“I used it as a teaching tool for the students,” he says. “I told them sometimes you have to do things you don’t want to do to get to where you want.”

Sparks realized teenagers want to hear “I feel you” not “I feel for you.”

Like other students at Rindge, he has experienced setbacks. His father died when he was young; his stepfather was incarcerated for trafficking drugs; and all of his brothers have been arrested. Sparks was determined not to go down that path.

His life story gave him more credibility with students, said Michael Tubinis, the Rindge guidance counselor who supervised Sparks during his internship.

“He is quite honest about how he got to where he was. It gave him an immediate ability to bond with the students,” Tubinis says.

During the internship, Sparks had a caseload of 30 students and also co-lead a group of struggling junior boys with Tubinis. He called parents and worked with teachers, always displaying the positivity and energy needed for the job, says his supervisor.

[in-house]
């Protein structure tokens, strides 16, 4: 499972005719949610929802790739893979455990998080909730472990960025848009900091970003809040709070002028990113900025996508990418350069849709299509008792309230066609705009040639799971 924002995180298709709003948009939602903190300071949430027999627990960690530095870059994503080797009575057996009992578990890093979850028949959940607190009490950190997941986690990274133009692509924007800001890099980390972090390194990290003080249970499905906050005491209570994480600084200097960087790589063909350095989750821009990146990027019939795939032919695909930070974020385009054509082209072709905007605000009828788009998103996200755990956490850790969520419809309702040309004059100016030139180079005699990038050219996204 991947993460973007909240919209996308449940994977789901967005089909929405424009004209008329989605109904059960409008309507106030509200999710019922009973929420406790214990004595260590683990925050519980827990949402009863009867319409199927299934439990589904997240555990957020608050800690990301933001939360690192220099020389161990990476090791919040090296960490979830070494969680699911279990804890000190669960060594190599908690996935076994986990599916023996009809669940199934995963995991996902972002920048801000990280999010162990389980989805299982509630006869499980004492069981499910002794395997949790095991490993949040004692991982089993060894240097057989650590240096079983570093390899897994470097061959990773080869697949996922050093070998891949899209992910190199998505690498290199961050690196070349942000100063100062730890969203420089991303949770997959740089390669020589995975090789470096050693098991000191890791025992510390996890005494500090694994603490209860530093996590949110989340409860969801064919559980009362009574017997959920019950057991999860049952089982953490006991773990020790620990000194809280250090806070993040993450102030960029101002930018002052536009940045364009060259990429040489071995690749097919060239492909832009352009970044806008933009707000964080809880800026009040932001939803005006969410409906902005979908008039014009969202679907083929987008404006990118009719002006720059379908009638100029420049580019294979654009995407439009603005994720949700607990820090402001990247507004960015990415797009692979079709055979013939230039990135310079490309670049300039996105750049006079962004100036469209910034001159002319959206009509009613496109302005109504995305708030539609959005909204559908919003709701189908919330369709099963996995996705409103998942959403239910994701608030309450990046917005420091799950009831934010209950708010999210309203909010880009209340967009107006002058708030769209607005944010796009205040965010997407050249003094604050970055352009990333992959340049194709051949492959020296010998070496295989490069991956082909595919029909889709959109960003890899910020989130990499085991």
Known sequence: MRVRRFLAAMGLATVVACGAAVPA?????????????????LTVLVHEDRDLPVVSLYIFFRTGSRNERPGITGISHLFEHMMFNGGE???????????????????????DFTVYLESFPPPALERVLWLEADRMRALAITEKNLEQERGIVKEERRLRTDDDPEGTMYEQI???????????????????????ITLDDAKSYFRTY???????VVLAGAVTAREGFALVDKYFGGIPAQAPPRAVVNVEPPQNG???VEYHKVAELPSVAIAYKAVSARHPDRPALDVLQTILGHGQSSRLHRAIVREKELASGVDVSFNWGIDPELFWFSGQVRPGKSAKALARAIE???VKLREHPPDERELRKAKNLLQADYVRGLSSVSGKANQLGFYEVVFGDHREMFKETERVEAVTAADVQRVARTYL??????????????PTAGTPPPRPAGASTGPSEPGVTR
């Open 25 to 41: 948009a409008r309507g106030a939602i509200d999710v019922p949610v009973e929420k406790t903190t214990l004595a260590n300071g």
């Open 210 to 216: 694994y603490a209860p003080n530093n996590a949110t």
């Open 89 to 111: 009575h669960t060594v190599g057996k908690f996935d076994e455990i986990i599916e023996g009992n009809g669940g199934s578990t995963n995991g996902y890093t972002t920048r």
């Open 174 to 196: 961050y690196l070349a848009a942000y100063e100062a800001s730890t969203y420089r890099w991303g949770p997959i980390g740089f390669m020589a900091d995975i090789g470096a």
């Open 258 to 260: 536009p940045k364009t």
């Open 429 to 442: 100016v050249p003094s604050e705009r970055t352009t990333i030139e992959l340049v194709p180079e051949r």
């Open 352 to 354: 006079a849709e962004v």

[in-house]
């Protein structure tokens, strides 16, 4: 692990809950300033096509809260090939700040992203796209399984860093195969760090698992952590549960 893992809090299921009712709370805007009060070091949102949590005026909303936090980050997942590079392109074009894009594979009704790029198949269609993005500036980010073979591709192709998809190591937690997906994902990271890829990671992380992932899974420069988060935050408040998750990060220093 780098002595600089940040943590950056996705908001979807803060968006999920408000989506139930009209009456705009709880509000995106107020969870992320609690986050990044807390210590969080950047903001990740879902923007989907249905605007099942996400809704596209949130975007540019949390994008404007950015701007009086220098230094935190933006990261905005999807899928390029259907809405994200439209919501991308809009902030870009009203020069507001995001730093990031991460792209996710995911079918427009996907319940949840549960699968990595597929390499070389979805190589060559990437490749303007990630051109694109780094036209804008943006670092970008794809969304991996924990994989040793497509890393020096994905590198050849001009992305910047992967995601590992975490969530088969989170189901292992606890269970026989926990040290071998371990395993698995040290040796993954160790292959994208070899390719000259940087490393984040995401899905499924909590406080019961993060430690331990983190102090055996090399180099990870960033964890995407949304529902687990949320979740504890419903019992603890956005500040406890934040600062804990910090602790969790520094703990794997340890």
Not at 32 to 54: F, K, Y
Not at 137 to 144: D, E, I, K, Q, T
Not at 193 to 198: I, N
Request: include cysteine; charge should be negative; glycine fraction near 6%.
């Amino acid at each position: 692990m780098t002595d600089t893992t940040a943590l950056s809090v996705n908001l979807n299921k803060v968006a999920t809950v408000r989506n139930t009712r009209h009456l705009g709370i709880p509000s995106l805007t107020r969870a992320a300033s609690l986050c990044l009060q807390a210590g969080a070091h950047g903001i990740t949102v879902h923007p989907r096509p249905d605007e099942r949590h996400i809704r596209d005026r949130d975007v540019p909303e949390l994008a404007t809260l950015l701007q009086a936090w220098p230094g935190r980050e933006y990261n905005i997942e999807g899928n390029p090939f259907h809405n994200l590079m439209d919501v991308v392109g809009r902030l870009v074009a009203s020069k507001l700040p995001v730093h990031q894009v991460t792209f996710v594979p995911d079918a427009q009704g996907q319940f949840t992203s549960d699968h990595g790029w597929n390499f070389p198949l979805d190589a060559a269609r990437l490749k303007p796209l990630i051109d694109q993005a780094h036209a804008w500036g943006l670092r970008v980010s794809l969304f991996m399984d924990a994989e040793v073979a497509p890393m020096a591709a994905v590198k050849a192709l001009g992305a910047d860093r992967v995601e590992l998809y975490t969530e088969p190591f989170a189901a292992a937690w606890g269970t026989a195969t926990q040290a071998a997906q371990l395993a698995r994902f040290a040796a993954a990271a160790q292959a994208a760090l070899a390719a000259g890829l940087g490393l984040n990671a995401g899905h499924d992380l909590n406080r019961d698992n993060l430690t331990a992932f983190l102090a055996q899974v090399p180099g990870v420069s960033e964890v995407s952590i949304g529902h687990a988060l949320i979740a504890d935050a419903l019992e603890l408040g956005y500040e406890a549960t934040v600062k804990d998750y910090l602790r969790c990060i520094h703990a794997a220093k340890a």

“He will be tremendous at this work. We need more people like him in the field – more people that have the positive energy and have lived some life,” Tubinis says.

Tweets and retweets

On May 20, Sparks' determination and hard work were rewarded when he accepted his diploma in front of thousands at Lesley’s commencement.

“It was a surreal moment because it had been a long journey for the past three years,” reflects Sparks.

When he tweeted out his accomplishment, it went viral in ways fledgling YouTubers only dream of. Sparks went to sleep with a few hundred likes, and he woke up to a dead phone – all of the notifications overnight had drained his battery. It’s been liked by nearly 70,000 people, and retweeted by 17,000.

He drew the attention of major news outlets and was featured in the Boston Globe and ABC News.

The newly minted counselor isn’t looking for more fame. Instead he’s spending the summer as the co-director of an academic enrichment program to prepare rising ninth graders for high school. He’s also looking to put his degree to work in a full-time guidance counselor position.

Sparks said he would like to go out of state to get more experience, but eventually wants to return to his hometown and even the high school where he’s already put in tons of sweat equity.

“Eventually I would love to be a guidance counselor there and come full circle."